This Meatless Monday, we feature parsnips, with growing, storage and prep tips, as well as recipes for Carrot and Parsnip Mash and Parsnip and Cauliflower Soup from Vermont Fresh: A Fruit and Vegetable Handbook.
Parsnips are a root vegetable closely related to carrots, which is not surprising given their striking resemblance. Parsnips, which look like a white, leggy carrot, have been a food source for thousands of years. Once one of Europe’s winter food staples, parsnips fell out of popularity with the introduction of the potato in the Middle Ages. Starchy, nutty, and slightly sweet, parsnips were even grown as a sweetener until the 19th century when they were again replaced by another vegetable, the sugar beet. Parsnips, which are now considered more of a specialty vegetable than a staple in many places, have a unique flavor that verges on slightly spicy. Parsnips grow significantly better in cooler climes and develop the best flavor after several frosts. CAUTION: in rare instances, parsnip leaves can cause burn-like rashes.
Parsnips like to be grown in deep, rich, loose soil that is free of rocks and weeds. Like carrots, parsnips should be directly seeded and not transplanted. Parsnip seeds do not store well, so it is important to make sure you don’t use old seeds. Sow seeds thickly about ½ inch deep in the soil in mid-spring. Parsnip seeds can take three weeks or more to germinate, so do not be discouraged if you don’t see seedlings right away! Once seedlings have sprouted and are growing steadily, thin out the plants so that each seedling has several inches of room to grow. Weed frequently and water occasionally in dry weather. Harvest only after a hard frost has occurred for the best flavor. Parsnips are difficult to pull up and will probably need to be dug out with a shovel or spading fork. They can usually be left in the ground well into October.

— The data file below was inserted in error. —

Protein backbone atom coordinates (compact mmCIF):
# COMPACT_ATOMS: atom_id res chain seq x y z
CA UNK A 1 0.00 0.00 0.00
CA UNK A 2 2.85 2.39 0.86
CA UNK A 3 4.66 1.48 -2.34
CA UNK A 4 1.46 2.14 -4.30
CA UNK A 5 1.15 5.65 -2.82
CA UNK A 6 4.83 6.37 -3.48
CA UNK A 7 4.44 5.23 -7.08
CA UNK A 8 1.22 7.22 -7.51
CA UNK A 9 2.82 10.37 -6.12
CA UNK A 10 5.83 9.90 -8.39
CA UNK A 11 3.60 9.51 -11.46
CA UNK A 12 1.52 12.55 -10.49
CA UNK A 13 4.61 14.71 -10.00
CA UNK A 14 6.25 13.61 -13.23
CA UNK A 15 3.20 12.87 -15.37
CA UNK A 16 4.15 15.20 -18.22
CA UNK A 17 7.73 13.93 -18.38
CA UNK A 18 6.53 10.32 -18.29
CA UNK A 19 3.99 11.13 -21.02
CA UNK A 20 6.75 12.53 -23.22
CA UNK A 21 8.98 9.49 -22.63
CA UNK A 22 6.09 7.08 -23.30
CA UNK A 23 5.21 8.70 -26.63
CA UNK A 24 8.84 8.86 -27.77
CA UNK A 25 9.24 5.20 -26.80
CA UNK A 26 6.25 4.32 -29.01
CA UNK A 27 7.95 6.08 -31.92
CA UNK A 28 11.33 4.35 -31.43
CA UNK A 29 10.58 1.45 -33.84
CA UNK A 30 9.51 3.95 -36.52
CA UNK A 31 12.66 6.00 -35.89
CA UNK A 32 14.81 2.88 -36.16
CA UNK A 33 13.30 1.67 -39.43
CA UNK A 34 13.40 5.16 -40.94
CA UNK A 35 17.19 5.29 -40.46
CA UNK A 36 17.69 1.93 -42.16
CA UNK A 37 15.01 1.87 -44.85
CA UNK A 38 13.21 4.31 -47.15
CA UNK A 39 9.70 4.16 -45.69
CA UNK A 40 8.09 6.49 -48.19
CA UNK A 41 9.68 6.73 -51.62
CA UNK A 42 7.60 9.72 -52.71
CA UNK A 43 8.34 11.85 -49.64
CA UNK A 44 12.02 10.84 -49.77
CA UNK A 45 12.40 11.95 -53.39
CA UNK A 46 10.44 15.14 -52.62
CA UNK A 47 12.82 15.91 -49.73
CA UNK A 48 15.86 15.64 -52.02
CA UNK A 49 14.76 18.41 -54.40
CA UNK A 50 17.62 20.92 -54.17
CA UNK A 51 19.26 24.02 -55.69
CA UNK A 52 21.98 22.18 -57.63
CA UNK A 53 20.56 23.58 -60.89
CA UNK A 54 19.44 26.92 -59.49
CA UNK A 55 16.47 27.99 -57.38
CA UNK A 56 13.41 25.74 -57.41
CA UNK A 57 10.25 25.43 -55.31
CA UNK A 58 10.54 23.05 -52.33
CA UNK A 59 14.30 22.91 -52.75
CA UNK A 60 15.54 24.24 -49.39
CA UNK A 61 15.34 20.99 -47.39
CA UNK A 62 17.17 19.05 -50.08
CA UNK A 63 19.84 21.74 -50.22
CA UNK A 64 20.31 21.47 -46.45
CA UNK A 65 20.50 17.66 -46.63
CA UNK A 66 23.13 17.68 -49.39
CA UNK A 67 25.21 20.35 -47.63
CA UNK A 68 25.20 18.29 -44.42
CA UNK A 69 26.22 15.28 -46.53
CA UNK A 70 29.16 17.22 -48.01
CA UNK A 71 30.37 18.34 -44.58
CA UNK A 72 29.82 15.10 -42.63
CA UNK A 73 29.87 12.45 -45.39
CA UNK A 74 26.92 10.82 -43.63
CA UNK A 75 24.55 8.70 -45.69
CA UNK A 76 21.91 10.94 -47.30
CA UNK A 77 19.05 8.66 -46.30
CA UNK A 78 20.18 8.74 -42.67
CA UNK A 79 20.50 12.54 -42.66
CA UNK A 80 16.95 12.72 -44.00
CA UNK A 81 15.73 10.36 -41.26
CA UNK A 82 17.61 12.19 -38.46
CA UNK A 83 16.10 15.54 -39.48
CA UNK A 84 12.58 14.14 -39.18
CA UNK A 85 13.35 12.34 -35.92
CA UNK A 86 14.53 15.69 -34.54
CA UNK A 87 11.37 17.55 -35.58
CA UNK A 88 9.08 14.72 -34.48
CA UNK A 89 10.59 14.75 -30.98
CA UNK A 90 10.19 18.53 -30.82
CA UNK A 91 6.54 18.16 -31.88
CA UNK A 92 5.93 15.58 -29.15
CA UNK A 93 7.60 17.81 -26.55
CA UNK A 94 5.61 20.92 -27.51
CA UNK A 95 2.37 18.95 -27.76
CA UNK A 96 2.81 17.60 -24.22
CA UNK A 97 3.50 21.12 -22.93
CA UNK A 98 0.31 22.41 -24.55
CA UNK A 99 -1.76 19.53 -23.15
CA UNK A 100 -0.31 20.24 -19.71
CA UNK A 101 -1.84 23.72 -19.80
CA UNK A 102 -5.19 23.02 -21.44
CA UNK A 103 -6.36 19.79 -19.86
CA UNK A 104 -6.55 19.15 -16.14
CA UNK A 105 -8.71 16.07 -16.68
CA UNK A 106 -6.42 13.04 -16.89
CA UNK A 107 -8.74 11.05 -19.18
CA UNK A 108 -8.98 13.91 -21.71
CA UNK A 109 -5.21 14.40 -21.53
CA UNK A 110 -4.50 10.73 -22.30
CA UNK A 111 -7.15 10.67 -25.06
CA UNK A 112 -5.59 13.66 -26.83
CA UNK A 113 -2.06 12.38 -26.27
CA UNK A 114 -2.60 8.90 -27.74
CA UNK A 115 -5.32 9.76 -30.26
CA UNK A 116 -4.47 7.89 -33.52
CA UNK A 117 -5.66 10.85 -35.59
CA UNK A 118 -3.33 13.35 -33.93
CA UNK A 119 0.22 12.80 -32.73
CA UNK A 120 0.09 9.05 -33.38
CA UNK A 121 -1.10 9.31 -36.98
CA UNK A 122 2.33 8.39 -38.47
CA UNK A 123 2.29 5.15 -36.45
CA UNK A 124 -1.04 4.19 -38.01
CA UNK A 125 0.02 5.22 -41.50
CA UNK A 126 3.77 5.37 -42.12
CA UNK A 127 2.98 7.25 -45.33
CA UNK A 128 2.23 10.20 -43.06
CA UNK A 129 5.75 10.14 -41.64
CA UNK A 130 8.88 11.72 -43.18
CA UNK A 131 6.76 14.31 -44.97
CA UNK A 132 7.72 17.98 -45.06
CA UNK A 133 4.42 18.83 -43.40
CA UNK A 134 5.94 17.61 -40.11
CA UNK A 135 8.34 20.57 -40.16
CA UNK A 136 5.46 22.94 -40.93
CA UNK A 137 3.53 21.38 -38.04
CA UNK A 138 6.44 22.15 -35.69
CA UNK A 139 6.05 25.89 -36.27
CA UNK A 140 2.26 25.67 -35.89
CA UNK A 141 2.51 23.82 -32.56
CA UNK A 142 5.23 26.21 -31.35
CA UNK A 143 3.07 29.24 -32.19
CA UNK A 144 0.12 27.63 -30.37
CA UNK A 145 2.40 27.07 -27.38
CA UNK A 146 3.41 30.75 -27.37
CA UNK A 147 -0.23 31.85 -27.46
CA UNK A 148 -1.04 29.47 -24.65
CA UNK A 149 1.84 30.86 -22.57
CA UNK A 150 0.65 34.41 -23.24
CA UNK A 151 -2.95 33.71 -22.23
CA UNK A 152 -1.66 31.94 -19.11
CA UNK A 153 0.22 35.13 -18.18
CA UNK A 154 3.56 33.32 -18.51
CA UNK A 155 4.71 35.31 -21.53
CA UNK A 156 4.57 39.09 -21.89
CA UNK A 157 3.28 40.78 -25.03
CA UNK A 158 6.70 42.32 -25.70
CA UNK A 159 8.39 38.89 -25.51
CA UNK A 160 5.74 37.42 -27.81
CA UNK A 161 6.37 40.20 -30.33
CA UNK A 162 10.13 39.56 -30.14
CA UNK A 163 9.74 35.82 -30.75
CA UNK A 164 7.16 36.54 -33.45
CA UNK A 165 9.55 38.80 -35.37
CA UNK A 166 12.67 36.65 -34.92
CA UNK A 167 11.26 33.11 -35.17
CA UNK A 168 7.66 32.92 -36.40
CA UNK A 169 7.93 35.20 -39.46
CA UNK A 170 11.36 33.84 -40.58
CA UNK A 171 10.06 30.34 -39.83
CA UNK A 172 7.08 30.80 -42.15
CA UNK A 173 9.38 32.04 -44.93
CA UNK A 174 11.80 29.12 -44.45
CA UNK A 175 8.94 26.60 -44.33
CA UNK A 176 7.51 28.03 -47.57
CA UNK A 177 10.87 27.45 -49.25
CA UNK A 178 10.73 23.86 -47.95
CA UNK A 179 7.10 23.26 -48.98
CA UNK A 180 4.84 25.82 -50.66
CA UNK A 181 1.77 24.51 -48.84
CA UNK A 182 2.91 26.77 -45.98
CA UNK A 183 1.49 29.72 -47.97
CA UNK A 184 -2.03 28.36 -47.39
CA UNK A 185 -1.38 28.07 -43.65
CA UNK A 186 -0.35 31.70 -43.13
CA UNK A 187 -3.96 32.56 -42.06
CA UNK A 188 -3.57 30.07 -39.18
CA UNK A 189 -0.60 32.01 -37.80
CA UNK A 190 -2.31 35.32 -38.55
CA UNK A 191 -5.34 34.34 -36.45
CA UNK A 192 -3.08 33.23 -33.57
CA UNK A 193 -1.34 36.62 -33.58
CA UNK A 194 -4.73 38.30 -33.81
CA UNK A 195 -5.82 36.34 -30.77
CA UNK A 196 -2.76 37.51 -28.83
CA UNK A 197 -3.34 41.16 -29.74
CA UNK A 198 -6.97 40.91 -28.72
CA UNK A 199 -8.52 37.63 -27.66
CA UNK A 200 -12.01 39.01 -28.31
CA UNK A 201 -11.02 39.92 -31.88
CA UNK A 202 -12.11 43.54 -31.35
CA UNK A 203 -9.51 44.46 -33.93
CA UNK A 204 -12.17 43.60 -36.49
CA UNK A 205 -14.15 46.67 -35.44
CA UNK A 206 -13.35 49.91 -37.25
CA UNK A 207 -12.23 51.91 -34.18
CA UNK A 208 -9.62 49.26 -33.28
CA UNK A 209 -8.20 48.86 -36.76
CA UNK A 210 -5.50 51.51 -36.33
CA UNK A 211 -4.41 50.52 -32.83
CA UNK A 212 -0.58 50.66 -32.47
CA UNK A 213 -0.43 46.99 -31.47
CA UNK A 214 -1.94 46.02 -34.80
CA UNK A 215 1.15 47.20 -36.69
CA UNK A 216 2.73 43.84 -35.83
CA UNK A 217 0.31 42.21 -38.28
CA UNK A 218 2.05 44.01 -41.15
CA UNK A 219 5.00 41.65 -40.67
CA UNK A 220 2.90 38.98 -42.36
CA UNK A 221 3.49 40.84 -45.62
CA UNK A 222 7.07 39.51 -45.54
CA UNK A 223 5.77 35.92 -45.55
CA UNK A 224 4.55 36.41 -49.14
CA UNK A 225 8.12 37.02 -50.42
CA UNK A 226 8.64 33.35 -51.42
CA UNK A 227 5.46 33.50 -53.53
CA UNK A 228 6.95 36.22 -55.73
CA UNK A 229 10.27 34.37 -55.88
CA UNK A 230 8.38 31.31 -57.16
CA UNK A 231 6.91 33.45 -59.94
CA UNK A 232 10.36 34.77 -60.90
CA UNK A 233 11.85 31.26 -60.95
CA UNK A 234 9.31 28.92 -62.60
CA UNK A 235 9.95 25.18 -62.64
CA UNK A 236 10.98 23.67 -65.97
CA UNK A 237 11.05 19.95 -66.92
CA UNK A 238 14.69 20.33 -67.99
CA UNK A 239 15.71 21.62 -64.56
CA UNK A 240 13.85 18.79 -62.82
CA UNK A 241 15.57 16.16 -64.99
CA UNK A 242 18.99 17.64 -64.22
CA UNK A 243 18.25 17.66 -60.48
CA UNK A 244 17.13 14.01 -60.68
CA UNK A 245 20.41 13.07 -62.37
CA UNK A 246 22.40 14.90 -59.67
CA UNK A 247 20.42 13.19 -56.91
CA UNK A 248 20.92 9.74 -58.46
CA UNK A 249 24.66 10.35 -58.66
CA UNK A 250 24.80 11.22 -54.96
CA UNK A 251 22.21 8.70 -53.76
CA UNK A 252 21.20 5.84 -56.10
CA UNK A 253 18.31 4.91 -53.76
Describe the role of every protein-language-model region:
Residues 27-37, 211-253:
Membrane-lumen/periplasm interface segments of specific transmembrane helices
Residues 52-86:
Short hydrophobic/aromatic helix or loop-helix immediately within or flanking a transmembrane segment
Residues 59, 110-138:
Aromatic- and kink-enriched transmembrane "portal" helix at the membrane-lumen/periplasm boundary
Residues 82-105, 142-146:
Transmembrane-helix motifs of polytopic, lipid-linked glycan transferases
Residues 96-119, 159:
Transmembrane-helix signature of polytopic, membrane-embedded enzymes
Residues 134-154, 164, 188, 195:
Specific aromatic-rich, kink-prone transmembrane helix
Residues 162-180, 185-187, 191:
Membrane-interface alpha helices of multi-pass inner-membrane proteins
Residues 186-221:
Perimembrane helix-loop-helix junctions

Parsnips will keep in a plastic bag in the refrigerator for several weeks after harvesting. They can also be stored in a root cellar or another cool place, especially if they are packed in damp sand. To freeze parsnips, remove the tops and scrub roots well. Peel and slice as desired. Steam or blanch parsnips for three minutes, cool, and drain. Pack in freezer bags or containers and freeze.
Parsnips have high concentrations of Vitamin C, fiber, folic acid, potassium and carbohydrates. Parsnips are a diuretic. They may help with bladder problems, kidney stones, and detoxifying the body.
Choose medium-sized, smooth-skinned roots without any obvious soft spots. Larger roots can have tough, woody cores. Before preparing parsnips, scrub them thoroughly, cut off the tops, and peel them if you wish. Young, tender parsnips can be eaten raw in salads, but parsnips are most often cooked. Their flavor can be very intense, so experiment with small quantities.
Meatless Monday Recipe: Carrot and Parsnip Mash
Janice Santiago, a volunteer baking, tasting and testing recipes out of the Vermont Fresh Handbook tried out this recipe. Her comments and adjustments are in italics below the recipe.
(adapted from John Harrison: allotment.org)
- 4 medium carrots
- 4 medium parsnips
- 1 tablespoon butter
- 2 tablespoons milk or cream
- Salt and pepper to taste
- Trim any remaining greens off the carrots and parsnips. Scrub them thoroughly and, if the skins are old or tough, peel them if desired.
- Chop the carrots into ½ inch-thick pieces. Do the same with the parsnips.
- Bring a medium pot of water to a boil. Add the carrots and parsnips and boil until soft. If you prefer, you may steam them instead. <